Here’s a year-end riddle for you: A vegan, a vegetarian, a pescetarian, a gluten-free friend and a hard-core carnivore come to your New Year’s Eve dinner party. What do you serve them? This is a modern dilemma for many cooks. Allergies, health concerns, personal tastes and cultural preferences all challenge the person in the kitchen who just wants to welcome everyone to her table. A challenge yes, but an impossibility, no.

My answer to this riddle of how to please all your party-goers is to create a build-your-own entree buffet. I’ve often done this with pasta and different sauces. This New Year’s Eve I will be making my loved-by-everyone-despite-the-tofu vegan Caesar salad dressing (an inspiration from my one of my favorite vegetarian chefs Didi Emmons) that will top a traditional salad of fresh romaine, red bell pepper, artichoke hearts, red onion rings and black olives. From there, my friends can “build” their own culinary delight by going vegan, sprinkling on some high-quality Parmigiano-Reggiano for a vegetarian option and/or choosing grilled chicken strips or salmon strips off the grill.

Here’s my take on Emmons’ Vegan Caesar Salad Dressing

Vegan Caesar Salad Dressing

Prep Time: 30 minutes

Total Time: 30 minutes

Yield: About 2 cups

Serving Size: 3-4 tablespoons of dressing per large salad

Vegan Caesar Salad Dressing

Ingredients

  • Four large cloves of garlic, cut in half
  • One tablespoon Dijon mustard (I use a little bit more and rely on brands such as Annie’s Organics that are certified gluten-free.)
  • One block extra-firm tofu, sliced lengthwise, placed between paper towels and weighted for about 15 minutes (Emmons uses six ounces of silken tofu, so her version will be creamier. We like it thicker.)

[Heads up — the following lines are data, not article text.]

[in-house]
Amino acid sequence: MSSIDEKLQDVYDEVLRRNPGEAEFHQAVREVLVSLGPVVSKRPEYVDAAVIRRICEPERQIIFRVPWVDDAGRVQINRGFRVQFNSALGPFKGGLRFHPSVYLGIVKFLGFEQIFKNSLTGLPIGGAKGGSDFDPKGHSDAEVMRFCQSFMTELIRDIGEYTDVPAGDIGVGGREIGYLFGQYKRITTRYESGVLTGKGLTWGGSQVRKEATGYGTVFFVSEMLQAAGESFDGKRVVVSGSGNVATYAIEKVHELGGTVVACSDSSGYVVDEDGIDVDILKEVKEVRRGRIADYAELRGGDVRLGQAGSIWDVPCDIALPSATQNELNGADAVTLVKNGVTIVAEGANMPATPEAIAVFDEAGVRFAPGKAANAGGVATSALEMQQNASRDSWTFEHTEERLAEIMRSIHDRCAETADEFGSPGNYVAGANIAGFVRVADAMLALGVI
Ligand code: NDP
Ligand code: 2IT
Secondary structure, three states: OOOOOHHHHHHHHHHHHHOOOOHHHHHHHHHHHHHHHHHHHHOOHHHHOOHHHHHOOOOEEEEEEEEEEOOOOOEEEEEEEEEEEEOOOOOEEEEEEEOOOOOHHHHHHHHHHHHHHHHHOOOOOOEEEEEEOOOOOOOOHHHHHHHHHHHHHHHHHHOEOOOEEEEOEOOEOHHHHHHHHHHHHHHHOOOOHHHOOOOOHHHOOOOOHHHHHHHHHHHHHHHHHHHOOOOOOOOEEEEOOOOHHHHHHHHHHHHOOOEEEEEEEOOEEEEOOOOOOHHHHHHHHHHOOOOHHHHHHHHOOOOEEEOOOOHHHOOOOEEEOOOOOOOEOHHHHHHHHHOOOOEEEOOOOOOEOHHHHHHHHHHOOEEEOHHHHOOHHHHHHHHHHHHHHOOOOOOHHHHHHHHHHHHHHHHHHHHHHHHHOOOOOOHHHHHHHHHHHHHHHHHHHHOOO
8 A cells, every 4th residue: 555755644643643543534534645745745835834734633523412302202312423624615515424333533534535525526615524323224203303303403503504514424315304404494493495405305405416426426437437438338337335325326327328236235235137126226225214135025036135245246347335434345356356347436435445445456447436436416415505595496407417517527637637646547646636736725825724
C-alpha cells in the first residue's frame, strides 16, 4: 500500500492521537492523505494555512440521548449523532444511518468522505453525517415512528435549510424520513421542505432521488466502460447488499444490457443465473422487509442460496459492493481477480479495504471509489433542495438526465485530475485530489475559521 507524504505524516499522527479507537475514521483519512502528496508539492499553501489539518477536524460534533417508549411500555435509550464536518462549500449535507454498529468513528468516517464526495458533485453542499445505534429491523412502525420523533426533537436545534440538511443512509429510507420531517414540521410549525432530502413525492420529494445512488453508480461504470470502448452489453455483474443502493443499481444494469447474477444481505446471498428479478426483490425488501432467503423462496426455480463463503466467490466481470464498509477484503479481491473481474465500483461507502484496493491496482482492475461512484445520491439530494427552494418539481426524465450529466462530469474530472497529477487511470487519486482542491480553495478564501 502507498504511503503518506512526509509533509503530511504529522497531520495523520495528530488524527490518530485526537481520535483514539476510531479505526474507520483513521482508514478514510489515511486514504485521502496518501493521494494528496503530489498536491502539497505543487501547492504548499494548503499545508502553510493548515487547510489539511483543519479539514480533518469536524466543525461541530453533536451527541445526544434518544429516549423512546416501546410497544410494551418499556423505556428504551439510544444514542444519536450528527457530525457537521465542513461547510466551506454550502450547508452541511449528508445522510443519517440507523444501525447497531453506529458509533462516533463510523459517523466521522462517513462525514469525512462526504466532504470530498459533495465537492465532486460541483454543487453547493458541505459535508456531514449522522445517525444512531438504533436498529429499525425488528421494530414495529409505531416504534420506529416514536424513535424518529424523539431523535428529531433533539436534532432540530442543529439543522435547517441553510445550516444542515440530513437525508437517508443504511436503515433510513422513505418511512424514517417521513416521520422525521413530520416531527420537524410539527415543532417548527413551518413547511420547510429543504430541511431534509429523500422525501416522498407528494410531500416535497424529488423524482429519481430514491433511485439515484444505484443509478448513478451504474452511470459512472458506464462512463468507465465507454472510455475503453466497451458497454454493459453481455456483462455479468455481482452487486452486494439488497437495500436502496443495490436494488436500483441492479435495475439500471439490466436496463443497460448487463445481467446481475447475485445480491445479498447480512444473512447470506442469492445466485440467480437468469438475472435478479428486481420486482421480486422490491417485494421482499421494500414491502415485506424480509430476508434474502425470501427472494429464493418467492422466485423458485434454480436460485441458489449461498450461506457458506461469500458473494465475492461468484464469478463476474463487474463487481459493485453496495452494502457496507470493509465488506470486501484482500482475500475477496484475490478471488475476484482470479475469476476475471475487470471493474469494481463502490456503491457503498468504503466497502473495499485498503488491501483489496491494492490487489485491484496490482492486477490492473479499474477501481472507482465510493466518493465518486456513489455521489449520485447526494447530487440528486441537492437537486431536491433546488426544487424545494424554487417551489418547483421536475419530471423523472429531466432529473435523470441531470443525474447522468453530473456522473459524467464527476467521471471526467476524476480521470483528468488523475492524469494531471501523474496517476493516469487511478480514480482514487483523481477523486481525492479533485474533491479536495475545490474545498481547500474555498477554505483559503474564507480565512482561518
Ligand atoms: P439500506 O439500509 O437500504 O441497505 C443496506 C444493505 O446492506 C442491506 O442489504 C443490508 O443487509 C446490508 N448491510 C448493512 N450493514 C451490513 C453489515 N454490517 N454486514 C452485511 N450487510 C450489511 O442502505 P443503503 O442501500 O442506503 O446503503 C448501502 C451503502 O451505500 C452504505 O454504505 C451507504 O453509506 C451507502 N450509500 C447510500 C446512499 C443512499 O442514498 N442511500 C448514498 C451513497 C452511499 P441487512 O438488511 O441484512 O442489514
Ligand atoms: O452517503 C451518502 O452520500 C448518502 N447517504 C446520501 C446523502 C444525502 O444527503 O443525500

• One-quarter cup fresh lemon juice
  • One-half teaspoon sea salt
  • One teaspoon fresh-crushed black pepper (Emmons uses only a pinch.)
  • One cup high-quality extra-virgin olive oil
  • One-half cup grated Parmigiano-Reggiano (on the side out of consideration for vegans)
  • One tablespoon dried, flaked dulce seasweed (Emmons suggests seaweed—wakame—as an option. We tried the dulce and never changed it. Great subtle hint of smoky fish flavor. Maine Coast Sea Vegetables are very good, organic and sustainably harvested.)

Instructions

  1. In a food processor or blender, puree the garlic, mustard, tofu and lemon juice. Add the salt, pepper and seaweed flakes.
  2. With the machine running, slowly add the olive oil, in a stream the width of a pencil. When the dressing is fully emulsified, you can stir in the Parmigiano-Reggiano, if you wish.

Notes

According to Emmons, this dressing is a healthier alternative for all your guests—lower in fat than traditional Caesar and there’s no risk of salmonella from raw eggs. I’ve served this to many people and everyone has loved it—even the die-hard traditional Caesar salad lovers. This recipe makes a lot of dressing and keeps well in the frig for a least a week.